Perhaps the most compelling arguments are the simplest. When all is said and done, how can the state reconcile itself as being nothing more than a murderer itself? How can it answer that cry for help that is violent crime by responding with the ultimate scorn conceivable? In any nation which sets kindness and mercy as ideals to which the government endeavors, the government cannot do either of those things and be consistent with its precepts. No longer should we attempt to fine-tune the machinery of death and expect to see something that is fair. While I may not live to see society recognize the dignity and worth of all its citizens, I believe that history is on my side, and someday this abomination shall be righted.
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« Reply #73 on: March 06, 2004, 04:42:03 am »
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I must once again state my unequivocal objection to the use of capital punishment under all circumstances. We are simply too far into human history to continue to administer it and recognize the primacy of a universal sense of justice.

When a state condemns a person, they reject their worth, and do something even more heinous than ending a life. They demean it. Until the end of a person's days, they must live with the opprobium of social condemnation. Regardless of the enormity of a crime, any nation which has any pretensions of calling itself a civilization cannot do such a thing.

The arguments about how the death penalty is not blind as to its victim's race or class are well known, and need not be presented here. Yet I am compelled to contradict one thing that is often heard said: Capital punishment recognizes a family's need for closure. We all are befallen with certain tragic events in our lives. And anyone with a scrap of humanity left in them will provide sympathy to those who are afflicted by grief. However, we cannot extend this desire to provide aid and comfort to serve as a call to act as condottiere to oblige these people's most bloodthirsty wishes. For any person that claims that they are asking for closure and retribution, I would reply that they ask for vengeance, and perpetuate a cycle of violence in a fashion that can indeed be described as evil.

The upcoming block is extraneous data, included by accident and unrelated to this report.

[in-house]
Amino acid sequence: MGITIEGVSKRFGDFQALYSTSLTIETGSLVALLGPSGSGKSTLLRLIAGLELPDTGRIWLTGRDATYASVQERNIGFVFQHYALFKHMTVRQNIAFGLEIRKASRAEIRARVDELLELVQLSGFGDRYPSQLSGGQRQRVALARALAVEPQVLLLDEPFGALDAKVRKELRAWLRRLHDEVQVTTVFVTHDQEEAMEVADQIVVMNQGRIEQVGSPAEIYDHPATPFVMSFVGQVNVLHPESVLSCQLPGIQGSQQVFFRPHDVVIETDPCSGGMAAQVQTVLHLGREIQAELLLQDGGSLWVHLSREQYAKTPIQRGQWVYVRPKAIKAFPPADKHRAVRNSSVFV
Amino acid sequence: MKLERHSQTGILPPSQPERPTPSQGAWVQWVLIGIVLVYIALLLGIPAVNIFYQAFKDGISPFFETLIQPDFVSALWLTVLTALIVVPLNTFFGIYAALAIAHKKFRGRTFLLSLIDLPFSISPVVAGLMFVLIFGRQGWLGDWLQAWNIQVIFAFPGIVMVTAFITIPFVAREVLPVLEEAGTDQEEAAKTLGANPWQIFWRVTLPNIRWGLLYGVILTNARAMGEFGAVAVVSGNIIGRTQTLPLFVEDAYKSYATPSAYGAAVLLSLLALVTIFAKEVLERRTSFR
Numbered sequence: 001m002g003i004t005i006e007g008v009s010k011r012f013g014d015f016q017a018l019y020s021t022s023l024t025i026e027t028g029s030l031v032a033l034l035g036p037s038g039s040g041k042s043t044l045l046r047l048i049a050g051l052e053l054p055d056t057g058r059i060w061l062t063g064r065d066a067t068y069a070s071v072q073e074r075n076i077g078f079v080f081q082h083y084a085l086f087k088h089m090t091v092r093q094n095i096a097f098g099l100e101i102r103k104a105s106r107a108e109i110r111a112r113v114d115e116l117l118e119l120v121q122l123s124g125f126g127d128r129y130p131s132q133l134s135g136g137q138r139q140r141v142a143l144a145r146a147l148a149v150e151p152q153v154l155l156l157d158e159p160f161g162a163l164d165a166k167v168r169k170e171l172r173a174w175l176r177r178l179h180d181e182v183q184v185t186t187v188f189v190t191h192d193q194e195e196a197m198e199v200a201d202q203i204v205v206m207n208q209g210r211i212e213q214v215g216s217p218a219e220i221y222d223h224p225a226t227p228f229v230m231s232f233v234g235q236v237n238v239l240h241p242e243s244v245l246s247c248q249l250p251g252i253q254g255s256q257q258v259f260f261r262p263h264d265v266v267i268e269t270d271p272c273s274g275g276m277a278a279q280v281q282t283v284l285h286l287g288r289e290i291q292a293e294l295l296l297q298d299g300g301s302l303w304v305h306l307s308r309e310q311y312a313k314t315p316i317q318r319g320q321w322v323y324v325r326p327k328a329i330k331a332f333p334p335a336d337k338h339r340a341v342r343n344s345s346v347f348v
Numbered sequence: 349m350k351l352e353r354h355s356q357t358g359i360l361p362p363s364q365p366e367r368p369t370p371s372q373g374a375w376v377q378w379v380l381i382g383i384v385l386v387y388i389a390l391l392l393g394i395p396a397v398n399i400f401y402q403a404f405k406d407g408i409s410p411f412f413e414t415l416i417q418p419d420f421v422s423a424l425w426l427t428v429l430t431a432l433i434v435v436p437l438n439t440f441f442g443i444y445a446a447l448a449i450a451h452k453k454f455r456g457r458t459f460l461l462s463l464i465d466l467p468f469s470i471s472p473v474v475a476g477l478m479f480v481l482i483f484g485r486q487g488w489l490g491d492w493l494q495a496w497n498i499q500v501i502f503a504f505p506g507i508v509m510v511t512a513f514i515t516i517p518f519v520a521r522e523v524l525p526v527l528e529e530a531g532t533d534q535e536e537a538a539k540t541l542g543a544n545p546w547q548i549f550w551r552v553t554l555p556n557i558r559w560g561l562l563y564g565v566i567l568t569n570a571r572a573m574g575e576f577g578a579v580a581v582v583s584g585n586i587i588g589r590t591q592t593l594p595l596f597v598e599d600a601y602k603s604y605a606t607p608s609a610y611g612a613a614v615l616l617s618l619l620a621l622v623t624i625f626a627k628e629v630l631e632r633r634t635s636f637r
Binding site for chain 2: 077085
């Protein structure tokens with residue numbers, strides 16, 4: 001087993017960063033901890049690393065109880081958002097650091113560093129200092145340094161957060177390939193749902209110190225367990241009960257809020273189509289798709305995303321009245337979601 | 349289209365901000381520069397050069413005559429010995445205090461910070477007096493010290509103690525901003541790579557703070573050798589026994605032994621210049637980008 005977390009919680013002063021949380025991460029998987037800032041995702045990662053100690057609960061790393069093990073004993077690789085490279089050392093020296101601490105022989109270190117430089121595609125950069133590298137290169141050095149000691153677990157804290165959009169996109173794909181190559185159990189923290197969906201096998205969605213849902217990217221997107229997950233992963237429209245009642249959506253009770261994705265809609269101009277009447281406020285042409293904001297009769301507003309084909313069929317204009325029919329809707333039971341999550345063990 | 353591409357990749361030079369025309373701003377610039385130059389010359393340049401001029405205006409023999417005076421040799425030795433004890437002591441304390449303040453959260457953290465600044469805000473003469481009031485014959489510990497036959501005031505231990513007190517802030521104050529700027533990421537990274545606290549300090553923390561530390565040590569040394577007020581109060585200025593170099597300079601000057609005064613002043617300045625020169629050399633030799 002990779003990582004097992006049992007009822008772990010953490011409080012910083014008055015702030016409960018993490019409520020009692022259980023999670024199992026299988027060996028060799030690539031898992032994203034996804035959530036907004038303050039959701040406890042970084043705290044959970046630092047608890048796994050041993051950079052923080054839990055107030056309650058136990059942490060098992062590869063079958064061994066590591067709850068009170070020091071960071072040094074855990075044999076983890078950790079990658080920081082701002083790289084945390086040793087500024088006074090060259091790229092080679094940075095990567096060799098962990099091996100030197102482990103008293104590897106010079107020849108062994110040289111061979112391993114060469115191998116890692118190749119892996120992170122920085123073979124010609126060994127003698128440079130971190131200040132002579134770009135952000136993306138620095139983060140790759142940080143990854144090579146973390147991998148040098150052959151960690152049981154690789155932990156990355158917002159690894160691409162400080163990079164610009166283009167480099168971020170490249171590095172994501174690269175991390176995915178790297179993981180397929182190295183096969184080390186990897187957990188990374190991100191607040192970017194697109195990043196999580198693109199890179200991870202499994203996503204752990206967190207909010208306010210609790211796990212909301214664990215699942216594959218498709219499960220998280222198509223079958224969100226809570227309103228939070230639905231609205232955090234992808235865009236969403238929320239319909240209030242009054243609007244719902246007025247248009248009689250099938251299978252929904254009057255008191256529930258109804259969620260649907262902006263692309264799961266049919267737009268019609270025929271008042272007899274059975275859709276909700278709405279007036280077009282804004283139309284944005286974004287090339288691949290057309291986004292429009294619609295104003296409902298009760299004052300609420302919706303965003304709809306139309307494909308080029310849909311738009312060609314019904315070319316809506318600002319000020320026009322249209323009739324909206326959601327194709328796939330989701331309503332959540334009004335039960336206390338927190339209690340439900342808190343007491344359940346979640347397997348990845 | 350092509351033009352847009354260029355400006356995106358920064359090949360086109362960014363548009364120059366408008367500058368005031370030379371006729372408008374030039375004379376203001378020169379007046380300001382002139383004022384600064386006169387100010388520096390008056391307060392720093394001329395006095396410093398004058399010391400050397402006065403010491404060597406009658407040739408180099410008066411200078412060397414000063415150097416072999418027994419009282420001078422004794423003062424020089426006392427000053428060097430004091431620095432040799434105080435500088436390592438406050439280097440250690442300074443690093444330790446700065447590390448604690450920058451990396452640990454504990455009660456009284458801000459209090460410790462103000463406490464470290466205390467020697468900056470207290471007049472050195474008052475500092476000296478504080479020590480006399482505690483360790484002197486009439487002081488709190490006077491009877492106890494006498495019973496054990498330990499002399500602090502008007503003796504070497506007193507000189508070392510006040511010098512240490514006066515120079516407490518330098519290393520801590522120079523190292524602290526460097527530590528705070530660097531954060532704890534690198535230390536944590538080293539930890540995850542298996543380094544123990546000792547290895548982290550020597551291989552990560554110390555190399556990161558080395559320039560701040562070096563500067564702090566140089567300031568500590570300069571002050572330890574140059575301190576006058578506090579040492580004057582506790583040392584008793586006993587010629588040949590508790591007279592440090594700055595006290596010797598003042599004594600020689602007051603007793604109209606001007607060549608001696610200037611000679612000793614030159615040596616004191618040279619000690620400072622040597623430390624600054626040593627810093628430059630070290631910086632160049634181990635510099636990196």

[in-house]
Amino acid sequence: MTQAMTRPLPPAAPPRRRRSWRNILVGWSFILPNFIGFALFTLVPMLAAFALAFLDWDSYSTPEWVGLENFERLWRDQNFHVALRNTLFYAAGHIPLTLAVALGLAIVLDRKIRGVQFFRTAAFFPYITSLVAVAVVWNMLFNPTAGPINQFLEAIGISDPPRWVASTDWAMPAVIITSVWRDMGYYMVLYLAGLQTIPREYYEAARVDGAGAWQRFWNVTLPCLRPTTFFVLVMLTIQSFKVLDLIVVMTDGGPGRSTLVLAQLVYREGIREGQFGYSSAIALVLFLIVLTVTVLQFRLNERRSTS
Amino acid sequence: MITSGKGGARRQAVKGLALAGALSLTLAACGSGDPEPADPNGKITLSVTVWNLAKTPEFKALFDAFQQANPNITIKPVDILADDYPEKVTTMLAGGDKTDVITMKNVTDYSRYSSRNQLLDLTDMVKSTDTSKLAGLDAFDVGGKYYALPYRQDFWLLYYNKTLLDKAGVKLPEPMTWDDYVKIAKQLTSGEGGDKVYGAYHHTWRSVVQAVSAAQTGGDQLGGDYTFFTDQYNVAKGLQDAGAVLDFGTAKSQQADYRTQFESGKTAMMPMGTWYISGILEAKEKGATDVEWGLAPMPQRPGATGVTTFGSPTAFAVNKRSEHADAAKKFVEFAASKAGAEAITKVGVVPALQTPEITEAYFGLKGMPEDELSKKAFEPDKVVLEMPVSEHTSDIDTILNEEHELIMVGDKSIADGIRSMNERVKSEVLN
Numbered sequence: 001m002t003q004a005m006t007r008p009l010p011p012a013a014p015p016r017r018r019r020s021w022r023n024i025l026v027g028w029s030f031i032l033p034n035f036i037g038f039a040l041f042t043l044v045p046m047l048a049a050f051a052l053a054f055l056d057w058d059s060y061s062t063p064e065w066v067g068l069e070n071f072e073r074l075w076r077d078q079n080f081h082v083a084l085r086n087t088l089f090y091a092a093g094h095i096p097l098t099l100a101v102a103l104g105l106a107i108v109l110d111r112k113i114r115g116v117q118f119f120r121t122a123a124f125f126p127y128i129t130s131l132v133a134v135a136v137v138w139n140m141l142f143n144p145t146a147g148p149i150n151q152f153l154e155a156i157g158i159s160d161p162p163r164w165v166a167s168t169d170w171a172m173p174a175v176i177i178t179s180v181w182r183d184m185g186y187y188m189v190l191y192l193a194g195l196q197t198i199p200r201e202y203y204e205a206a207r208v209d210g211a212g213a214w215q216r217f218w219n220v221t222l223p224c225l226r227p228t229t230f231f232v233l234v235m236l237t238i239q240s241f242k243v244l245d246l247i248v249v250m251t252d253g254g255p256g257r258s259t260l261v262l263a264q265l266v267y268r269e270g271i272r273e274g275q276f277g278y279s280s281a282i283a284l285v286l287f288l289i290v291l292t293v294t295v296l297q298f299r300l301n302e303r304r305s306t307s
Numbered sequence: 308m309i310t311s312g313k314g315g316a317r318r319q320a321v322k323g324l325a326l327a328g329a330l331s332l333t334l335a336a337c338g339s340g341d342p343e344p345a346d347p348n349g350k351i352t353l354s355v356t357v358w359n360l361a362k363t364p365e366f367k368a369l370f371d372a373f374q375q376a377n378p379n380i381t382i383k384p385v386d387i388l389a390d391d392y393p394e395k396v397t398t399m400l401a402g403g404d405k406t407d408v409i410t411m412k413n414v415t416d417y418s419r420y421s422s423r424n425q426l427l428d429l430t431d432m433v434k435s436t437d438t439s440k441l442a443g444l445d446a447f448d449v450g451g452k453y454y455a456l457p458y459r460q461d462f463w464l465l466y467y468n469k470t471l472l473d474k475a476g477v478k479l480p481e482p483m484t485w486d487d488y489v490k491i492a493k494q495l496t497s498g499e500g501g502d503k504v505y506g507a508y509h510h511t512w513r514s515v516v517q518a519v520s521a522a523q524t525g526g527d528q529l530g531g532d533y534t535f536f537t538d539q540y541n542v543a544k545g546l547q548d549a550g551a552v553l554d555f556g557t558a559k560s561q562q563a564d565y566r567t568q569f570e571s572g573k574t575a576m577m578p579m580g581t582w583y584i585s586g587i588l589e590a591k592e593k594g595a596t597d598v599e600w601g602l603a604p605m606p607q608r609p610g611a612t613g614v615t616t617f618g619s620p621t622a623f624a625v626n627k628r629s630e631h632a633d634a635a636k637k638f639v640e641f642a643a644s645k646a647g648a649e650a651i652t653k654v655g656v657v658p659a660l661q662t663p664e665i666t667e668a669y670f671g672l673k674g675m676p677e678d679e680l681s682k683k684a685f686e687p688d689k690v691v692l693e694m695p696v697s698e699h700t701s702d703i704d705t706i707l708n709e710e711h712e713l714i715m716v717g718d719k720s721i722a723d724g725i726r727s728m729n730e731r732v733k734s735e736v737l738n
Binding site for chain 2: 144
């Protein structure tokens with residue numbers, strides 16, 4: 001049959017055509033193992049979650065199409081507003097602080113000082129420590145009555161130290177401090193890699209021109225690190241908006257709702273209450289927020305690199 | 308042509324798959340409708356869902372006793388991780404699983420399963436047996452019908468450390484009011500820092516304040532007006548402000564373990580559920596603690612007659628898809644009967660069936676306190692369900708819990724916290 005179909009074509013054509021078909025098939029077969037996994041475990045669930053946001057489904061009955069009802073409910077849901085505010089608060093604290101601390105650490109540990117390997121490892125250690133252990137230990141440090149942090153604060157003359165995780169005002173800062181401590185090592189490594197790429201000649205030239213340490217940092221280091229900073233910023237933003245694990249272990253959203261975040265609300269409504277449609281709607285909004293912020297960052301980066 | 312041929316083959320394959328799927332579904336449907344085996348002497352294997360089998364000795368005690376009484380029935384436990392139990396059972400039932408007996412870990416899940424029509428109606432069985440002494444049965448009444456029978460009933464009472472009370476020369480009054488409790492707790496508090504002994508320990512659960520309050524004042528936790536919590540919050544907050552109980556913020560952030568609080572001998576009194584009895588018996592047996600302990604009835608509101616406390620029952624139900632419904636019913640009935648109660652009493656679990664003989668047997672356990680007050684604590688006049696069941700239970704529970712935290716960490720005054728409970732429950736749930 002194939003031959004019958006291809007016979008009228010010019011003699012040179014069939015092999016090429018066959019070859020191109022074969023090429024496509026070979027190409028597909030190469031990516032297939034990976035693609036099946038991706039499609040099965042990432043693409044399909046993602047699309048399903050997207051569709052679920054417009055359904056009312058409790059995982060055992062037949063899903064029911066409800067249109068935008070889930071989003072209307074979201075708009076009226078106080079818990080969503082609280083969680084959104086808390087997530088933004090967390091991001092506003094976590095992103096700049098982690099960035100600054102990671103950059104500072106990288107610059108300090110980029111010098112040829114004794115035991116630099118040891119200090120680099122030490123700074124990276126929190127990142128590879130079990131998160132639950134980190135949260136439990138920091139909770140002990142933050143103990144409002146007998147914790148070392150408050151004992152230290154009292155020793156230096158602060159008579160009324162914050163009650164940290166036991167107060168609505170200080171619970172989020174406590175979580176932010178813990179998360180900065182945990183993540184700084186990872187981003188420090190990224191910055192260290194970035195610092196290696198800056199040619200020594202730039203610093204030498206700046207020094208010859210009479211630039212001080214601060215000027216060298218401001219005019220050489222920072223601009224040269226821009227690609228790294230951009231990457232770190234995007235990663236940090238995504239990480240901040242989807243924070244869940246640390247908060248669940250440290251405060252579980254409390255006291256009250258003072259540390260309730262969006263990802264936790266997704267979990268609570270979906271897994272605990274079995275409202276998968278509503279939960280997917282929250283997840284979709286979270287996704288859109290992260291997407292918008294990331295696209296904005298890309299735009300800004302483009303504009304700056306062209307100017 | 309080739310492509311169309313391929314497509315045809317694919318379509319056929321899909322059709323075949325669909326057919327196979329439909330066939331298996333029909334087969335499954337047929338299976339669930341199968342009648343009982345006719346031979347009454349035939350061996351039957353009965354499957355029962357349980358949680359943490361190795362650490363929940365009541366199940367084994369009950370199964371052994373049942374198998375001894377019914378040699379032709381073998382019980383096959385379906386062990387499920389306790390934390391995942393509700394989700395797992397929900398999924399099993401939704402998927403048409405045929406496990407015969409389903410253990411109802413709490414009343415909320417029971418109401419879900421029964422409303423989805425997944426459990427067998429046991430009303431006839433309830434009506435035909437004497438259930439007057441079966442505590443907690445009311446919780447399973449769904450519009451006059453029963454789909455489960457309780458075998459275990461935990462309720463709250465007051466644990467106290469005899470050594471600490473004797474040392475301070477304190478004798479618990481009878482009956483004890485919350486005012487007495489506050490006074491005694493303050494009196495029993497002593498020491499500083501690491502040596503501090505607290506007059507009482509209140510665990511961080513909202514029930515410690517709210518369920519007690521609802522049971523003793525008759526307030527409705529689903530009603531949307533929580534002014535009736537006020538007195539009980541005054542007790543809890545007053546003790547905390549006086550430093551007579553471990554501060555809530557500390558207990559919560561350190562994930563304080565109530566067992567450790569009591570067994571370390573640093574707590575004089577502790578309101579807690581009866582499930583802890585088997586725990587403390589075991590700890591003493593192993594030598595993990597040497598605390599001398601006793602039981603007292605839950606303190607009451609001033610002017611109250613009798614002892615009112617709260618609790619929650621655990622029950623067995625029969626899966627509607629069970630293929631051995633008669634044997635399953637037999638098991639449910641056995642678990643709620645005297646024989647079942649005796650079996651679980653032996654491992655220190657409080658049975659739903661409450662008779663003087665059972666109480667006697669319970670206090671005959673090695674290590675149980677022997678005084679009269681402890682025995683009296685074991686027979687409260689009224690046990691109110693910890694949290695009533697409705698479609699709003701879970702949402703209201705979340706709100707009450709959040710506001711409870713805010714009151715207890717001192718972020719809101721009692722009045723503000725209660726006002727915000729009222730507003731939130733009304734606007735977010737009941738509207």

Perhaps the most compelling arguments are the simplest. When all is said and done, how can the state reconcile itself as being nothing more than a murderer itself? How can it answer that cry for help that is violent crime by responding with the ultimate scorn conceivable? In any nation which sets kindness and mercy as ideals to which the government endeavors, the government cannot do either of those things and be consistent with its precepts. No longer should we attempt to fine-tune the machinery of death and expect to see something that is fair. While I may not live to see society recognize the dignity and worth of all its citizens, I believe that history is on my side, and someday this abomination shall be righted.

bless ya
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« Reply #74 on: March 06, 2004, 09:35:20 am »
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bless ya

Half the time I can't understand what he says...